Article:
Have you ever found yourself awed by a symphony? Have you ever been moved to tears by a delicate cascade of notes in a piano concerto? Have you ever wondered why this music makes me feel so emotional?
Classical music has a remarkable ability to evoke profound emotional responses in listeners. Of course, the way we all experience emotion is deeply subjective, but it is possible to delve into some broad theories and possibilities why classical music, in particular, has the power to make people feel so deeply.
Here are our five best guesses as to why classical music makes us so emotional:
Classical Music’s Melodies and Harmonies Are Affecting
One reason why classical music elicits such a profound emotional response likely lies in its wide-ranging palette of melodies and harmonies.
Those melodies and harmonies can work together with each other in intricate ways that enhance an emotional impact.
Take, for example, Samuel Barber’s Adagio for Strings, one of the great tearjerkers of twentieth-century music. Listen for the yearning in the long melodic phrases, as well as how the harmonies, or accompanying chords underneath the melodies, create tension and a feeling of hopelessness.
Vienna Philharmonic – Barber: Adagio for Strings, Op.11 (Summer Night Concert 2019)
Great composers are able to craft melodies and harmonies that resonate with listeners’ feelings, thoughts, and experiences.
Dynamic Range and Contrast Help Us Feel Things Deeply
Compared to most other musical genres, classical music employs a wide dynamic range, going from soft whispers to thundering fortes.
Turns out, these fluctuations in volume and intensity have a profound impact on our emotional state. If the music stays quiet, we might feel calm. If the music changes volume at random, we might feel a sense of instability.
Listen to this movement from Beethoven’s Fifth Symphony. He’s a composer famous for using sudden, violent dynamic changes to set a mood or to create a frantic atmosphere.
Beethoven: Symphony No. 5, First movement (Benjamin Zander, Boston Philharmonic Orchestra)
If you’ve seen a live performance of a piece like this, you will know that this contrast is not just an audible experience; it’s a physical one. You’ll feel the sound waves hit you, making the experience a full-body one.
This interplay of contrasting dynamics within a piece keeps listeners engaged throughout their musical journey.
Storytelling Without Words
Only some classical music features sung words. But via the genres of symphonic poem, chamber music, or even sonata form, classical music has the ability to depict scenes and convey characters and conflicts through sound alone.
These musical narratives connect with our own experiences, memories, and imaginations, helping to trigger emotional responses in us.
Richard Strauss was especially famous for this. Listen to his tone poem Don Quixote for cello and orchestra, a portrait of the strangely noble, loveable knight helplessly caught in the throes of delusion and stuck in a cruel world that doesn’t understand him.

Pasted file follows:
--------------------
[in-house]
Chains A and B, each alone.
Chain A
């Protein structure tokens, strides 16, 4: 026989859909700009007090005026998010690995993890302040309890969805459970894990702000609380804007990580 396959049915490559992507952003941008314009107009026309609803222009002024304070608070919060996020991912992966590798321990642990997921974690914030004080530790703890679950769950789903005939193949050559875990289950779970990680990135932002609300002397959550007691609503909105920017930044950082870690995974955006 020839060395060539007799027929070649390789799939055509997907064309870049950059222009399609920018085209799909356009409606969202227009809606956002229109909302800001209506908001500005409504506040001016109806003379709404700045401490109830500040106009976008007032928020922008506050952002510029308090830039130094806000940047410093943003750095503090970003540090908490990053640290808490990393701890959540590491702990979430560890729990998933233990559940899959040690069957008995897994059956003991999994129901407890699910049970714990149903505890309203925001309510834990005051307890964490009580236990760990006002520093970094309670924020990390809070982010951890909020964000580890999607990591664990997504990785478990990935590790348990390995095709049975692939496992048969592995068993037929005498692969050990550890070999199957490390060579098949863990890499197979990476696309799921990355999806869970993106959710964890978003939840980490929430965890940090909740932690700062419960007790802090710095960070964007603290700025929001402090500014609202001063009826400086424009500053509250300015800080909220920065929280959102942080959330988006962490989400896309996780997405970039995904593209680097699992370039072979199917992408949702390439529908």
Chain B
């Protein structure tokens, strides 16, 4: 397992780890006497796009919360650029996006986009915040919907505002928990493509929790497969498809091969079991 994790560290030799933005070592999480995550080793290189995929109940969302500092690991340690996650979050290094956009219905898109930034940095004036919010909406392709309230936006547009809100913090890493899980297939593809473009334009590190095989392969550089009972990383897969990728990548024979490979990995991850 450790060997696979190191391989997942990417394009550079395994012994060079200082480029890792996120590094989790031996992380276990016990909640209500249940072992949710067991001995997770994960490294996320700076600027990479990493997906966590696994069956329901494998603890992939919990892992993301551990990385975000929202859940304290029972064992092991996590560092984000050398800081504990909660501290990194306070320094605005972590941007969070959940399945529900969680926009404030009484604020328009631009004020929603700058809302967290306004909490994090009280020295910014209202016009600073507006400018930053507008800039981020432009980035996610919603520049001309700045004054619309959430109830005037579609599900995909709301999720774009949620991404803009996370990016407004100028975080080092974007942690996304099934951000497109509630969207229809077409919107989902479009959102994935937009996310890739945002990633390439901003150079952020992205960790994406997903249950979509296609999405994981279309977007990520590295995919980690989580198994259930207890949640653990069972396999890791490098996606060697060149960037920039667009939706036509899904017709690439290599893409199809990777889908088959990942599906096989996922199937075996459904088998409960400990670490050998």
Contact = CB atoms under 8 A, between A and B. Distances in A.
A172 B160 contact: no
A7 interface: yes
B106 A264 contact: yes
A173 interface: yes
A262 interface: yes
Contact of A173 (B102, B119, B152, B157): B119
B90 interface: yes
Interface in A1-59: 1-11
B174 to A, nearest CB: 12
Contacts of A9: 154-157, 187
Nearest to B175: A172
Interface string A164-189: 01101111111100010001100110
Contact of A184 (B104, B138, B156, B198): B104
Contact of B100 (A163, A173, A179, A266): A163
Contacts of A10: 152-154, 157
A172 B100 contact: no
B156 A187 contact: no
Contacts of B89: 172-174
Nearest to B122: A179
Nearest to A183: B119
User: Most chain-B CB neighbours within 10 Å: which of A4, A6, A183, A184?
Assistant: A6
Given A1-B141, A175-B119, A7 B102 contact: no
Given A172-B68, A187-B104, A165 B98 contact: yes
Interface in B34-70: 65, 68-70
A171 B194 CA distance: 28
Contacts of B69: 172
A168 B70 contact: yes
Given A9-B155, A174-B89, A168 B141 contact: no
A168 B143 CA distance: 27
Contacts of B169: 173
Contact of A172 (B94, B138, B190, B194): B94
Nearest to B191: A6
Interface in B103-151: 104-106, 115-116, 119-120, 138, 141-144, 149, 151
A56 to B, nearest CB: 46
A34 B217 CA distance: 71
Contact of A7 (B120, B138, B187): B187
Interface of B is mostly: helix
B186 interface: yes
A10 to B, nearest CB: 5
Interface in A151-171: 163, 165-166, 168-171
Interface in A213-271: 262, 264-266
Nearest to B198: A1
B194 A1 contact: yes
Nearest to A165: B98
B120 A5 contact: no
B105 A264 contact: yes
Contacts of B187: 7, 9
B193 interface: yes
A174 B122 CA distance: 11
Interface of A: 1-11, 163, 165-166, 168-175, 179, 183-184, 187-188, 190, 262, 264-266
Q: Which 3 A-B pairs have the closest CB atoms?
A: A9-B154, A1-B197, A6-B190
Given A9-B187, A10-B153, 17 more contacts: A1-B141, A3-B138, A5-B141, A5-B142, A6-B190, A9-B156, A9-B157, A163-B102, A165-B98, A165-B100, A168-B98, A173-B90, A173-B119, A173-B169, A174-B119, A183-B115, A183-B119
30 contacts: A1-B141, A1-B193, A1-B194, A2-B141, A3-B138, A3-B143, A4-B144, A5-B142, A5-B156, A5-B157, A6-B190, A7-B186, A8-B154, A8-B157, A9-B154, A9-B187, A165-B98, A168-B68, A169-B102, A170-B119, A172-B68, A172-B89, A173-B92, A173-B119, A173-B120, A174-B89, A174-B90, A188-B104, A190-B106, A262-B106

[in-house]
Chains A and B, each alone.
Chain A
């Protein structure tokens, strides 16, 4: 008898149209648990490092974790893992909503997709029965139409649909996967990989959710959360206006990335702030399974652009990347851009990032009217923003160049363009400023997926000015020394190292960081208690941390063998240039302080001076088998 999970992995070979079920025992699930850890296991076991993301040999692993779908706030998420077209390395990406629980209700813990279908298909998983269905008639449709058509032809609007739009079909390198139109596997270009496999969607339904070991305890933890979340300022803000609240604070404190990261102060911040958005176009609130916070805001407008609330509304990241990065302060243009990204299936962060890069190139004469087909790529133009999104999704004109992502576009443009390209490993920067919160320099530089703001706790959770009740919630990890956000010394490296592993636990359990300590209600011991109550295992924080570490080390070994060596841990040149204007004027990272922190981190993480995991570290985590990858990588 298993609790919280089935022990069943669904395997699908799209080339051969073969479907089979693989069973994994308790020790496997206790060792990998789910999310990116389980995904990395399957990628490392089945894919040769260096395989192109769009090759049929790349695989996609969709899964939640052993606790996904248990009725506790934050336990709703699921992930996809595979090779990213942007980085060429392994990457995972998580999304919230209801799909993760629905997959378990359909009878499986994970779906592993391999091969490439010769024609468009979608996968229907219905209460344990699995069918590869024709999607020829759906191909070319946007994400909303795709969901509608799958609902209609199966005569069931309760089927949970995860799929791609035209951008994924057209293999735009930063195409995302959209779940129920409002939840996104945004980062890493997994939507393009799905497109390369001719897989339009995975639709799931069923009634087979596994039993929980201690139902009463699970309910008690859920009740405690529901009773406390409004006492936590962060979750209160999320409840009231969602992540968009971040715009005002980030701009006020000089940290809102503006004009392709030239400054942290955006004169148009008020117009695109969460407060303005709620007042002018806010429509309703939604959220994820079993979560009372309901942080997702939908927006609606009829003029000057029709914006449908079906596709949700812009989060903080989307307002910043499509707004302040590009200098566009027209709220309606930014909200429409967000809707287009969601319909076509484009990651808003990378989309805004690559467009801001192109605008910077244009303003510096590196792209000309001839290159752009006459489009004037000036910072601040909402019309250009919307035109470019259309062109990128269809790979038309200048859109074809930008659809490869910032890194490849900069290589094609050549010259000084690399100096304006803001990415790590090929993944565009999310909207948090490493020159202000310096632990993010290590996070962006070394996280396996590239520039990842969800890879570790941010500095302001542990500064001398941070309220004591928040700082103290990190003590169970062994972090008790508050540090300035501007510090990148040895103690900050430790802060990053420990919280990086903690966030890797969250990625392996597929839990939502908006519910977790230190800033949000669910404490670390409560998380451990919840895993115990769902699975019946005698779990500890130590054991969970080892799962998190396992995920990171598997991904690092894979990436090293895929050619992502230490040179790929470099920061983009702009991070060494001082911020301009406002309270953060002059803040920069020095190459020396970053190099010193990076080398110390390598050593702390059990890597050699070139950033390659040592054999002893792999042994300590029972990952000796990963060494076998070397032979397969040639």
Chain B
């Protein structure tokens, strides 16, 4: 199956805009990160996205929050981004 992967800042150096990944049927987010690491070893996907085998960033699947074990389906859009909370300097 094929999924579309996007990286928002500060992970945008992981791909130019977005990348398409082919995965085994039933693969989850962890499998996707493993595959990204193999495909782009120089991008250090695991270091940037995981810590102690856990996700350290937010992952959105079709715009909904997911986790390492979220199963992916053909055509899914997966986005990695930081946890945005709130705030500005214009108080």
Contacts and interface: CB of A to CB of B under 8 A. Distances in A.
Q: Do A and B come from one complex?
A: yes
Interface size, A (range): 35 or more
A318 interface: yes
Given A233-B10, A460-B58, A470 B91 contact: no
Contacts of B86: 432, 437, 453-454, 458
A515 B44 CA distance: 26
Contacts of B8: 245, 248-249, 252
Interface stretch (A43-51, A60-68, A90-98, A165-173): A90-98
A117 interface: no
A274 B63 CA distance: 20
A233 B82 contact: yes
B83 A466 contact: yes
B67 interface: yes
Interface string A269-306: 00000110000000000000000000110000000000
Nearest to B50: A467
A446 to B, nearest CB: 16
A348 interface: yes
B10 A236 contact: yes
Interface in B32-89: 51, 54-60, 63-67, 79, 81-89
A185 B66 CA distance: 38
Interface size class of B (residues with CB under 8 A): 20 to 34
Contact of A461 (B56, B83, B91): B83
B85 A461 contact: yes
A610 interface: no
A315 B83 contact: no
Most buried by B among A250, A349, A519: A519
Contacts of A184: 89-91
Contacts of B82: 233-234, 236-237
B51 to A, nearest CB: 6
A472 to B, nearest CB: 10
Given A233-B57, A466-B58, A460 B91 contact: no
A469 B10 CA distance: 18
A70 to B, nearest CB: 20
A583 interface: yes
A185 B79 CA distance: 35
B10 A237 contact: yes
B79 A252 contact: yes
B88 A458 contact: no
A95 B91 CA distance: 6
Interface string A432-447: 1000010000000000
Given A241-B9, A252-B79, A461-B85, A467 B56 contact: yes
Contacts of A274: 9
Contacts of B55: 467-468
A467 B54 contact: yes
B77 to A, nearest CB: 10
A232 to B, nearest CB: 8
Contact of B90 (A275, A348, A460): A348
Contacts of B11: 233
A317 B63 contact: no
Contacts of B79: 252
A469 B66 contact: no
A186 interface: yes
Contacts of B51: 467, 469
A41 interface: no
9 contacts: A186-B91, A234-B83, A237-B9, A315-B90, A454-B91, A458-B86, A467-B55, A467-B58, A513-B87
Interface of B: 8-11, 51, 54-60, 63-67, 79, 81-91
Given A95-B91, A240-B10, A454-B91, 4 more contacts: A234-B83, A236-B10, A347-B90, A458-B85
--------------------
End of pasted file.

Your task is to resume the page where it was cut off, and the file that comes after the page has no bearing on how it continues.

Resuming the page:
Strauss: Don Quixote / Rostropovich · Karajan · Berliner Philharmoniker
Timelessness and Historical Connection
Classical music, for better and worse, boasts a complex historical and cultural heritage.
When we listen to classical compositions, we connect to the past and become part of a long-running tradition.
The knowledge that this particular music has been enjoyed by so many generations before us in so many different emotionally meaningful contexts can create a real sense of awe and reverence.
When we listen to, say, the deeply heartfelt finale of Brahms’s first symphony, which premiered in 1876 and has never left the repertoire, we’re connecting not only with the audiences of Brahms’s day but generations of audiences since.
Intense emotions are somehow easier to bear – and more intense to experience – when we consider that we’re part of a long line of people who have experienced them.
And it’s also fairly certain that these works will continue to be played for future audiences, too…which adds a whole other level of poignancy!
Brahms Symphony No.1
Transcendence and Catharsis
For these and other reasons, classical music has the power to transport us beyond our immediate reality that transcends time and space.
In moments of massive musical climaxes that might take as long as thirty minutes or an hour to arrive at, listeners often experience a sense of catharsis.
That sense of catharsis can be heightened if a virtuoso soloist or orchestra pulls off a dazzling performance.
There’s nothing else like seeing a classical musician – or a whole stage full of classical musicians – using acoustic instruments to create some of the biggest music you’ll ever experience live.
These moments allow us to experience and process our deepest emotions in a safe way. And if that idea itself doesn’t make you emotional, I don’t know what will!
James Ehnes plays Tchaikovsky with The Philadelphia Orchestra
Clearly, classical music is a powerful artistic medium that continues to move audiences across the world and across generations.
So, in a nutshell, here are our five best guesses as to why classical music makes us so emotional.
- Classical music features expressive harmonies and melodies.
- Classical music often employs intense dynamic contrasts.
- Classical music consists of powerfully wordless narratives.
- Classical music makes us feel like we’re part of a continuum of listeners stretching through time.
- Classical music can inspire a kind of large-scale catharsis.
Next time you listen to classical music and feel emotional, don’t fight it: let yourself be swept away, and embrace whatever emotions that the music stirs within you.
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